If you’ve been looking to buy the best locks for your home or business, it can be daunting trying to find what’s exactly right for you. There is virtually an endless list of various types of locks: pin-tumbler locks, wall-mounted locks, bump-proof locks, high-security cylinders, lever-handled locks, interchangeable core cylinder locks, padlocks, cam locks, rim locks, mortise locks, doorknob locks, key-in-knob cylinder locks, combination locks, keycard locks, switch locks, deadbolts, biometric locks, and on and on. Some of the most recognized brands are:
When it comes to protecting your property, any expert locksmith will tell you that the best line of defense is to install deadbolt locks. The reason these premium locks are called “dead” is because they don’t have springs to operate the bolt; in other words, a deadbolt is operated manually ~ with a thumbturn or key.
Locksmith professionals most commonly recommend that you install deadbolts on all your outside doors. There are a good number of deadbolt types. The most well-known deadbolts are jimmy-proof, single-cylinder, double-cylinder, and lockable thumbturn.
- A jimmy-proof deadbolt is a surface-mount lock, which you’ll often see in an apartment building and on double doors. A surface-mount lock means that the lock screws inside the door, instead of with an intricate drill pattern, like an ordinary deadbolt. A jimmy-proof deadbolt is popular because only minor door modifications or required. In this type of deadbolt, the deadbolt interlocks with the jamb bracket. It’s a dependable lock that’s not easily pulled apart and quite difficult to force from the outside.
- A single-cylinder deadbolt lock is a regular deadbolt lock with a key cylinder on the outside, and a thumbturn on the inside to open or close it. This kind of deadbolt is typically used on a solid metal or wooden door. Its only drawback is that if there’s any access to the inside (such as through a window that’s in or near the door) then the door can be opened using the thumbturn.
- A double-cylinder deadbolt goes farther. This kind of deadbolt has a key cylinder both on the inside and on the outside of the door. Therefore, if it’s locked, the double-cylinder always requires a key to open the door from the inside. It’s the best choice if you have a door with any glass in it, or if there is a window nearby, because a burglar can’t break the glass and reach in to unlock it. Its one minor downside is that you’ll have to remember to always keep an extra key available on the inside, whenever people are home, so everyone will be able to get out of the house safely in case of fire or any other emergency.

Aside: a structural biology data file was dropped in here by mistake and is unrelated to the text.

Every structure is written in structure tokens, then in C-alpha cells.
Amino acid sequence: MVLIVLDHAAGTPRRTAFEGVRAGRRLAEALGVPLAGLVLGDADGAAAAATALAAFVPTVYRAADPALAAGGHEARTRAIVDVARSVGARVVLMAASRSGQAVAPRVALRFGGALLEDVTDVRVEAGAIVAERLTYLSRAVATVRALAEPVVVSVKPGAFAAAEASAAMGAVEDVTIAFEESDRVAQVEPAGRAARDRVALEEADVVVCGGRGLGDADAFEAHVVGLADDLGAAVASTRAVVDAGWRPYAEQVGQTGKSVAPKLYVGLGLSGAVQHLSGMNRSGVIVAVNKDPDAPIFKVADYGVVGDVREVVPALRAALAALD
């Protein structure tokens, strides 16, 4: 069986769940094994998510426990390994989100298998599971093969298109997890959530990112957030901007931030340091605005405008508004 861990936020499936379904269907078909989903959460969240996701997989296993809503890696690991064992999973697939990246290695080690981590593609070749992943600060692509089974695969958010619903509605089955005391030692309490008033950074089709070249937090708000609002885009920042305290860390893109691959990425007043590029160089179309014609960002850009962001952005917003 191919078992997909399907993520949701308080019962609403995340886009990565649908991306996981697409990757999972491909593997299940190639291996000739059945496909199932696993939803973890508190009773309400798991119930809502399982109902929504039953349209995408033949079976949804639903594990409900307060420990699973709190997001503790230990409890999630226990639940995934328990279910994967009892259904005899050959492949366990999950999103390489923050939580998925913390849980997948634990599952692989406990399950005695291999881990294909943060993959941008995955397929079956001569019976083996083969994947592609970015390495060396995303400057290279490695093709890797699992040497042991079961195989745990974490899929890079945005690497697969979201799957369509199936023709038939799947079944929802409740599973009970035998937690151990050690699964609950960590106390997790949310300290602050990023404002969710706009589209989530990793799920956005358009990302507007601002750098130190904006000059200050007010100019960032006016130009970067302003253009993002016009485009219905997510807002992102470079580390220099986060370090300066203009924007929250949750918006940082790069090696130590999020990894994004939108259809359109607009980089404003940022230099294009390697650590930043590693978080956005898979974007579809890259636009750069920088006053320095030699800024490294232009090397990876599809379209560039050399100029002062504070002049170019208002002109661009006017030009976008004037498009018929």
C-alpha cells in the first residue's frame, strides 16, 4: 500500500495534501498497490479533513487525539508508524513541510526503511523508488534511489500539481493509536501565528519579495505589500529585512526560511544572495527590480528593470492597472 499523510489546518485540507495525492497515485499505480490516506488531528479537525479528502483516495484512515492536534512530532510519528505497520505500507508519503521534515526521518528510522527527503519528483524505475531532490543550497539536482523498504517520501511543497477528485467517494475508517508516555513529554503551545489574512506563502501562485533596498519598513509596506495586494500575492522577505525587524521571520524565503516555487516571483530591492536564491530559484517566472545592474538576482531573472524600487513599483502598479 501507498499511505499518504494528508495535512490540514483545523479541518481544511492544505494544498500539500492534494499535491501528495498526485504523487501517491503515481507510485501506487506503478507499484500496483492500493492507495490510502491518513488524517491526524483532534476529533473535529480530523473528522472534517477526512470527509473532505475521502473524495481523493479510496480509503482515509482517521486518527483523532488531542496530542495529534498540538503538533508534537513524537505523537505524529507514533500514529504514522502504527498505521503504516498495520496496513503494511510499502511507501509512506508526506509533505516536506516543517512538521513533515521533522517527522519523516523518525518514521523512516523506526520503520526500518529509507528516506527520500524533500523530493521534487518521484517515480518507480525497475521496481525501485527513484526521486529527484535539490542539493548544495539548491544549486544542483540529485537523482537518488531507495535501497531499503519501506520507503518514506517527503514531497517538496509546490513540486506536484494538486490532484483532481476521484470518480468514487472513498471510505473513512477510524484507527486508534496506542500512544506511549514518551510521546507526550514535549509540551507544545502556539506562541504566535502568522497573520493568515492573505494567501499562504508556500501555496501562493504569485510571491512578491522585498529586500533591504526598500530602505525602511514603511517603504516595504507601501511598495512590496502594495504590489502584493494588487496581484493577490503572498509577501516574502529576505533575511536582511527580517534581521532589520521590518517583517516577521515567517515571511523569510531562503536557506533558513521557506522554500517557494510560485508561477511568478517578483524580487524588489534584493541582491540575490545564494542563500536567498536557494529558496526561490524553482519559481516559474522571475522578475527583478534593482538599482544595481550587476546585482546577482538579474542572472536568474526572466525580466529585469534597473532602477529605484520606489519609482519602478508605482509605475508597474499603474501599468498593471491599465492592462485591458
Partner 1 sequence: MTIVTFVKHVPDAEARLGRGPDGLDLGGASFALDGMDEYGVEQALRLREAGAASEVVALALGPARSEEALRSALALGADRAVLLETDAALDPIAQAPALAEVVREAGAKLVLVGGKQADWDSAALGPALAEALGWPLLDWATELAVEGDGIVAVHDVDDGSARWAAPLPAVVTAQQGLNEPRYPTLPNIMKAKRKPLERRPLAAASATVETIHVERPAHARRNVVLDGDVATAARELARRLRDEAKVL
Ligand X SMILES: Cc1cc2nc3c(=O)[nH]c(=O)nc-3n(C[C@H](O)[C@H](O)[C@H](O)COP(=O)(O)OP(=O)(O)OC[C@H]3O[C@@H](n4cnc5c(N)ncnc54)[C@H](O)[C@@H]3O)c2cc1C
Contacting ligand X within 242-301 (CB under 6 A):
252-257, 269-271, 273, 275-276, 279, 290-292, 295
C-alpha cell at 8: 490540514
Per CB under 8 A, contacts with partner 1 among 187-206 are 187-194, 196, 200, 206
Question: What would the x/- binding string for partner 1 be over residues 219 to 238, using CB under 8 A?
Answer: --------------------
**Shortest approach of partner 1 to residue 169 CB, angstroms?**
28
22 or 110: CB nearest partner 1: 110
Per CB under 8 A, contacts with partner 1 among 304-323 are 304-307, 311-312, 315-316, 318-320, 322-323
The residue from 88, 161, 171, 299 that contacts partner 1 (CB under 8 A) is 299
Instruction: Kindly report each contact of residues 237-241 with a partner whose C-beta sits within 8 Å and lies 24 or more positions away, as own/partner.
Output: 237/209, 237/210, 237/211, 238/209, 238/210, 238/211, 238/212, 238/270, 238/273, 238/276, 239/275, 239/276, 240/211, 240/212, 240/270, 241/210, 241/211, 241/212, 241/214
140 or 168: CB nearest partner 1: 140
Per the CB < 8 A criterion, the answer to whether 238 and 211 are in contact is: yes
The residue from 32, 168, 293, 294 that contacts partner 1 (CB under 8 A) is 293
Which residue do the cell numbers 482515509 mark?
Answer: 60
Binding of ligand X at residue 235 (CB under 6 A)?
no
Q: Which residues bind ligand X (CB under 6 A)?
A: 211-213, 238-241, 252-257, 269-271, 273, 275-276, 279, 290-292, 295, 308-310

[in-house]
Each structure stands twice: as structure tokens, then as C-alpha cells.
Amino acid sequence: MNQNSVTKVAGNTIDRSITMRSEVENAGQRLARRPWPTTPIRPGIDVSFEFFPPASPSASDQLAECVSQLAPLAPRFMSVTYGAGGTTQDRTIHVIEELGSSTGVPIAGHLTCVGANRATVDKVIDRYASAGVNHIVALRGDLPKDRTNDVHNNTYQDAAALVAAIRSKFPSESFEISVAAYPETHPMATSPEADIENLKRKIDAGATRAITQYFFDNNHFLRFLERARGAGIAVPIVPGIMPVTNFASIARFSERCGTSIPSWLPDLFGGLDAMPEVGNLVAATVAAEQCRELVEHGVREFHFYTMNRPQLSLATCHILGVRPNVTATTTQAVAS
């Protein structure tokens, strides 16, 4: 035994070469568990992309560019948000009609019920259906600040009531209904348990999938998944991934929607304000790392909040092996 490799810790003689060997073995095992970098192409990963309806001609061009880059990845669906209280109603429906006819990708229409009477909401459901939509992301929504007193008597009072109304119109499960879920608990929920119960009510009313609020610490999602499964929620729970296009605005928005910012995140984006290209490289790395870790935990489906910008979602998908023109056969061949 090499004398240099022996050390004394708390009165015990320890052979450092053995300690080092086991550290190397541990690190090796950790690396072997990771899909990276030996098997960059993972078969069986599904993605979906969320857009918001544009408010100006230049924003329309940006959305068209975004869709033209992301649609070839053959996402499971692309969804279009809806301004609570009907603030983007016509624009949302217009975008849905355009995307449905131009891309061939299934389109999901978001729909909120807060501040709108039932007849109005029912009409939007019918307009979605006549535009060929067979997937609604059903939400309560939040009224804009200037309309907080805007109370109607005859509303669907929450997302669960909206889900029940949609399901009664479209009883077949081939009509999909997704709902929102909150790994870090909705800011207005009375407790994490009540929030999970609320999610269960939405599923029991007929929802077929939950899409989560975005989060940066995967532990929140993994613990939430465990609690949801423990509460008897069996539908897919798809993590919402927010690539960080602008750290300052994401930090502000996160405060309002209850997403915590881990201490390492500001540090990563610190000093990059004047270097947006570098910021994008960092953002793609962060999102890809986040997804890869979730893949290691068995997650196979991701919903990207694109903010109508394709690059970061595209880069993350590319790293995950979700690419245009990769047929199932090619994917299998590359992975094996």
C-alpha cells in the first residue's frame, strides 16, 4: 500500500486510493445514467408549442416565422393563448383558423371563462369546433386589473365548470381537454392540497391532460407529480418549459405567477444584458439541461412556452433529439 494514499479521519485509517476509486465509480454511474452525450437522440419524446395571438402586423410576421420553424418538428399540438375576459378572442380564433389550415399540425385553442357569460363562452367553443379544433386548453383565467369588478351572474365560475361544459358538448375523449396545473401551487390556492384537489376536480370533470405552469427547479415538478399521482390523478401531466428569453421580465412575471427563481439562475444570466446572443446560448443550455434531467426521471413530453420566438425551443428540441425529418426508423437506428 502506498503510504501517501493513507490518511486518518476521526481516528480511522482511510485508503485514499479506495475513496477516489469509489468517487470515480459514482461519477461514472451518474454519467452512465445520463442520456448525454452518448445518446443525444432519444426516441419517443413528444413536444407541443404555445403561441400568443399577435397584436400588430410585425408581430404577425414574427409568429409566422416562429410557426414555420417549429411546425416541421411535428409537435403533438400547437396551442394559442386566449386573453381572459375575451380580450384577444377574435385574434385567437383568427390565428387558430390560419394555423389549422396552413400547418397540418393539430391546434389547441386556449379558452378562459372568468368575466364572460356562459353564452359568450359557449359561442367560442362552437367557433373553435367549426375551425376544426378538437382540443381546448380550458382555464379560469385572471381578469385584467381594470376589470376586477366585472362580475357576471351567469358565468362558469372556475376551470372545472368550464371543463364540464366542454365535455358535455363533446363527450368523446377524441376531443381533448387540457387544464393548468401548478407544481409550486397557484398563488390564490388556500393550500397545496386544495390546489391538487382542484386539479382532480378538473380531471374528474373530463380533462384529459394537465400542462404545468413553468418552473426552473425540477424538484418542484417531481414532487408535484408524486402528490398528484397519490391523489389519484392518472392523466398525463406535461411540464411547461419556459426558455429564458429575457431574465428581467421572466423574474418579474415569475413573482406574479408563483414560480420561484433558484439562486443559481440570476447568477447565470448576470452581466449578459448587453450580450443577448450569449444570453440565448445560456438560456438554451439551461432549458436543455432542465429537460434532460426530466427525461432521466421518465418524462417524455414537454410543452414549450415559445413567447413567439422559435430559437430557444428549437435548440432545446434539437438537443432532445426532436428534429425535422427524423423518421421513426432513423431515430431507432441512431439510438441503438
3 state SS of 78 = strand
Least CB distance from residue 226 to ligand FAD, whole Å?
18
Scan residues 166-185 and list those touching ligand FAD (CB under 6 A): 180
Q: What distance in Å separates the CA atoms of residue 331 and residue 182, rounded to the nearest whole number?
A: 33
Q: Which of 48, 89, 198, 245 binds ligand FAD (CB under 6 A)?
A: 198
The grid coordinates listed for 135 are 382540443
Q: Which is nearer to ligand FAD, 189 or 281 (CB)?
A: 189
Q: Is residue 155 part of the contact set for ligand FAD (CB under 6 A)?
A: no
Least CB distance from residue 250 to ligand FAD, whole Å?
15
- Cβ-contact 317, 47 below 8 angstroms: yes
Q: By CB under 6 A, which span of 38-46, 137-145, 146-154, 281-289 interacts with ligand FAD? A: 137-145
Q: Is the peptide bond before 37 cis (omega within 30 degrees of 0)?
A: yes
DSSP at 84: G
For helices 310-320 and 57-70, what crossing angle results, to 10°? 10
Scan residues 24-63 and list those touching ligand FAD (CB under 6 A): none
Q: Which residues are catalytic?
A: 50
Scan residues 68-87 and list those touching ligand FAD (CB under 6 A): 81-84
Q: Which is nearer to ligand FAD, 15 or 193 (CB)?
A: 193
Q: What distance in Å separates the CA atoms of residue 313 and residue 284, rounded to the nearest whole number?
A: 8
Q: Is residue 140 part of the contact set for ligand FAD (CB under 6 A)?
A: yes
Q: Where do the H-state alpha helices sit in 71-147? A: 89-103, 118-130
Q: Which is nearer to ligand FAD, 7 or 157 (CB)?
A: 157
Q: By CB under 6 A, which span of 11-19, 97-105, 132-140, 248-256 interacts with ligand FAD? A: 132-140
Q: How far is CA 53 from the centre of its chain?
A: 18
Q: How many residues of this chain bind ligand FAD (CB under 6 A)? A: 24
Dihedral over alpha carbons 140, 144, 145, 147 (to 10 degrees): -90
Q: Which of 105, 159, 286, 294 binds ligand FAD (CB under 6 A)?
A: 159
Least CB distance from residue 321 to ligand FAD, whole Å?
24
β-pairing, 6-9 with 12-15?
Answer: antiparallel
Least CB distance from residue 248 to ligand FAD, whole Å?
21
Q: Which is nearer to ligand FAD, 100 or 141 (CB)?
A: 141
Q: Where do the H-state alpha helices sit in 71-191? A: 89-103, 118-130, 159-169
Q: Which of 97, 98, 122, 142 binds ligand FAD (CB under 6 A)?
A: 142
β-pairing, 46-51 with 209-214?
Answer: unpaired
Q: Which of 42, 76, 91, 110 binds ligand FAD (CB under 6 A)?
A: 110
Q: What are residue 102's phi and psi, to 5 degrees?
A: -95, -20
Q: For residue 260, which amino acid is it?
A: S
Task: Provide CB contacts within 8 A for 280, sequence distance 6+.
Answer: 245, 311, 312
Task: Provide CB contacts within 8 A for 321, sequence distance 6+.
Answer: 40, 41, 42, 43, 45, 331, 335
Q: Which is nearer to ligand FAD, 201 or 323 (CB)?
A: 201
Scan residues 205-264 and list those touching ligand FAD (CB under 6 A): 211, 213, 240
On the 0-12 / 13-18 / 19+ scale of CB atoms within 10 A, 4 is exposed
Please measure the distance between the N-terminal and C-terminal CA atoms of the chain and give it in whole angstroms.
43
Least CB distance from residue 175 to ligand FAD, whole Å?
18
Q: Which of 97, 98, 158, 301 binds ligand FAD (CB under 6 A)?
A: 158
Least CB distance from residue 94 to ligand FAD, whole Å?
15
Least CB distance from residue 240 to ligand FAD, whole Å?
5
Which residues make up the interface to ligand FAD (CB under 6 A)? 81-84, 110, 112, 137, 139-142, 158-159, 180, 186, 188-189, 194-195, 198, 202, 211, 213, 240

- Let’s take a look at the lockable thumbturn deadbolt, which is basically a combination of the single-cylinder and the double-cylinder deadbolt. This deadbolt provides optimum security and flexibility. With a thumbturn on the inside, it works just like a single-cylinder deadbolt, but you can lock it with a key, so that the thumbturn won’t unlock or lock the door, unless you have the key, too. Furthermore, the thumbturn can be left in the unlocked position while people are inside, but it will still work like a standard single-cylinder deadbolt. That means, whenever you leave, especially if you’ll be away for a long time, the thumbturn can be easily locked.
These are all smart choices in deadbolts ~ but there are plenty more. Topnotch locksmith professionals also recommend the following deadbolt types: rim, mortise, vertical, keyless, and digital.
- Easy to install, the rim deadbolt is bolted to the inside face of the door. The great thing about this kind of deadbolt is that it automatically locks behind you whenever you shut the door, so you can’t ever forget to lock it. (If you often forget your keys, you may not like this one so much!)
- A mortise deadbolt is an excellent choice, because it’s not easily tampered with. Rather old-fashioned in style, you can install this sort of deadbolt in a mortise or recess pocket, cut in the door’s edge. It indeed has extra resilience; but its shortcoming is that you have to penetrate the door frame to make a large hole, which means it may slightly weaken the structure of the door.
- A vertical deadbolt lock is bolted to the inside face of the door, like the rim deadbolt is; but it’s placed on top of the door, making it impossible for an intruder to force it open by placing a bar between the frame and the door. This type of deadbolt is also a cinch to install. A small disadvantage to both the vertical deadbolt and the rim deadbolt is that they’re rather bigger than normal, so some people think they’re unattractive.
- A keyless deadbolt lock is mounted on the inside of the door, but it has a keypad instead of a keyhole. It unlocks when you type in your secret code, rather than turning a key. Since you don’t use a key at all, you won’t ever have to worry about losing your keys again. Another benefit is that, to optimize security, you can change the passcode as often as you wish.
- A digital deadbolt is similar to a keyless deadbolt, with a keypad; but this type requires electricity or batteries. Make sure you always keep the batteries charged, or you’ll be in big trouble in case of a power outage! Another disadvantage to such electronic devices is that there’s a slim chance it could be hacked.
We’ve given you a simple overview here. There are dozens more kinds of locks, one to fit every purpose and locale. If you want to make smart decisions about the ideal locks for your place of residence or your commercial property, it’s good to hire a local Fort Lauderdale reliable locksmith. If you live anywhere in Fort Lauderdale, Florida, you might want to make an appointment with a dependable locksmith such as the mobile experts on staff at Optimal Locksmith Pro, where free consultations are available.